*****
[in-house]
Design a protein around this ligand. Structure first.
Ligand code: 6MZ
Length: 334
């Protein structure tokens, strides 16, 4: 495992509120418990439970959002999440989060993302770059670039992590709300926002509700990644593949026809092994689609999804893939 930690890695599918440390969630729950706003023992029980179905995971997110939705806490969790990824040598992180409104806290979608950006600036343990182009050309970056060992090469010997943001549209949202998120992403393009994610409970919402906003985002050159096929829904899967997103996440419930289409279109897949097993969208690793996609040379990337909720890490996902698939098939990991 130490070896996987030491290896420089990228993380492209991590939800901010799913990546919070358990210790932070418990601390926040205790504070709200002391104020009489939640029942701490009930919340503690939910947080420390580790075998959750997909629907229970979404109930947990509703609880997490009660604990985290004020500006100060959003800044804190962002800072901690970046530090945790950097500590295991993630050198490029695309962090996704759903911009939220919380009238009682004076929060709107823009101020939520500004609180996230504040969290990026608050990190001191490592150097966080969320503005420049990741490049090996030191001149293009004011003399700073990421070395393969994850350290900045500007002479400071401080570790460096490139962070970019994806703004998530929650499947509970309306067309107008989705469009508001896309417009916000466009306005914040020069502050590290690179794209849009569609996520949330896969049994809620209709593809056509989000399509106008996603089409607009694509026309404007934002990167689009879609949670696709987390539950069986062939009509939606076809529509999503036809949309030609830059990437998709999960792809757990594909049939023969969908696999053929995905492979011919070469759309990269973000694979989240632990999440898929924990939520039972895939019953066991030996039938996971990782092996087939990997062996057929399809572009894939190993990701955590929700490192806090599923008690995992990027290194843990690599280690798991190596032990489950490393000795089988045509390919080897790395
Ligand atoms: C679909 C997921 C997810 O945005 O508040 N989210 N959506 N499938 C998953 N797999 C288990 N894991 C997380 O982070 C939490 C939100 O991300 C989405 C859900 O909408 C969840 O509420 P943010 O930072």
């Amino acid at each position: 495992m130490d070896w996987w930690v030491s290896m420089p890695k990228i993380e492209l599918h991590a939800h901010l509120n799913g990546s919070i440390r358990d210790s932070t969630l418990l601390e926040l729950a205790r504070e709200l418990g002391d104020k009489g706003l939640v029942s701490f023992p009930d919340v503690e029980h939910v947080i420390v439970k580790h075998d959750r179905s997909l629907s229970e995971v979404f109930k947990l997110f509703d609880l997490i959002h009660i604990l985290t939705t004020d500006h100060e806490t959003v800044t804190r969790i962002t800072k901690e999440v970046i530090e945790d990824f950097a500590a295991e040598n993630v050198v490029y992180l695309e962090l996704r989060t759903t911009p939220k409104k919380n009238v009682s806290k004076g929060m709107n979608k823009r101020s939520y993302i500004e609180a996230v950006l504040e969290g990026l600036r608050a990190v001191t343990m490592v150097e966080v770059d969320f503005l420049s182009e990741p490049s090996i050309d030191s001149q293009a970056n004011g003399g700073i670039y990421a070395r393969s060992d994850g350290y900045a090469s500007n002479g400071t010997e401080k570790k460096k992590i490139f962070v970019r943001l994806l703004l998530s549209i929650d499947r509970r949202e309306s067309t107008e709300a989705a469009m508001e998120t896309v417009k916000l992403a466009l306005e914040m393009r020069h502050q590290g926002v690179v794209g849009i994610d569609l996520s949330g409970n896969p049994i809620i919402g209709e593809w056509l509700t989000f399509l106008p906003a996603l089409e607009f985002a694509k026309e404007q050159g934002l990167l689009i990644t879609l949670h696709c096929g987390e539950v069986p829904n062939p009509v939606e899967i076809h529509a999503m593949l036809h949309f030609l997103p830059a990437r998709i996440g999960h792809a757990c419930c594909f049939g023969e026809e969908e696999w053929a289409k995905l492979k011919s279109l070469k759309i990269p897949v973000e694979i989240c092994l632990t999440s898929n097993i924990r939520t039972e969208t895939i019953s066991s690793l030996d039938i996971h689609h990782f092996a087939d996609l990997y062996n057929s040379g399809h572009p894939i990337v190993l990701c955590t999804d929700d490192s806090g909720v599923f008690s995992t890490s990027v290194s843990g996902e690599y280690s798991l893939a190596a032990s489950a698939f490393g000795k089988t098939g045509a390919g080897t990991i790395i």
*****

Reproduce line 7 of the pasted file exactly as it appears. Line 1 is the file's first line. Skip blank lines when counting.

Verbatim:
């Amino acid at each position: 495992m130490d070896w996987w930690v030491s290896m420089p890695k990228i993380e492209l599918h991590a939800h901010l509120n799913g990546s919070i440390r358990d210790s932070t969630l418990l601390e926040l729950a205790r504070e709200l418990g002391d104020k009489g706003l939640v029942s701490f023992p009930d919340v503690e029980h939910v947080i420390v439970k580790h075998d959750r179905s997909l629907s229970e995971v979404f109930k947990l997110f509703d609880l997490i959002h009660i604990l985290t939705t004020d500006h100060e806490t959003v800044t804190r969790i962002t800072k901690e999440v970046i530090e945790d990824f950097a500590a295991e040598n993630v050198v490029y992180l695309e962090l996704r989060t759903t911009p939220k409104k919380n009238v009682s806290k004076g929060m709107n979608k823009r101020s939520y993302i500004e609180a996230v950006l504040e969290g990026l600036r608050a990190v001191t343990m490592v150097e966080v770059d969320f503005l420049s182009e990741p490049s090996i050309d030191s001149q293009a970056n004011g003399g700073i670039y990421a070395r393969s060992d994850g350290y900045a090469s500007n002479g400071t010997e401080k570790k460096k992590i490139f962070v970019r943001l994806l703004l998530s549209i929650d499947r509970r949202e309306s067309t107008e709300a989705a469009m508001e998120t896309v417009k916000l992403a466009l306005e914040m393009r020069h502050q590290g926002v690179v794209g849009i994610d569609l996520s949330g409970n896969p049994i809620i919402g209709e593809w056509l509700t989000f399509l106008p906003a996603l089409e607009f985002a694509k026309e404007q050159g934002l990167l689009i990644t879609l949670h696709c096929g987390e539950v069986p829904n062939p009509v939606e899967i076809h529509a999503m593949l036809h949309f030609l997103p830059a990437r998709i996440g999960h792809a757990c419930c594909f049939g023969e026809e969908e696999w053929a289409k995905l492979k011919s279109l070469k759309i990269p897949v973000e694979i989240c092994l632990t999440s898929n097993i924990r939520t039972e969208t895939i019953s066991s690793l030996d039938i996971h689609h990782f092996a087939d996609l990997y062996n057929s040379g399809h572009p894939i990337v190993l990701c955590t999804d929700d490192s806090g909720v599923f008690s995992t890490s990027v290194s843990g996902e690599y280690s798991l893939a190596a032990s489950a698939f490393g000795k089988t098939g045509a390919g080897t990991i790395i």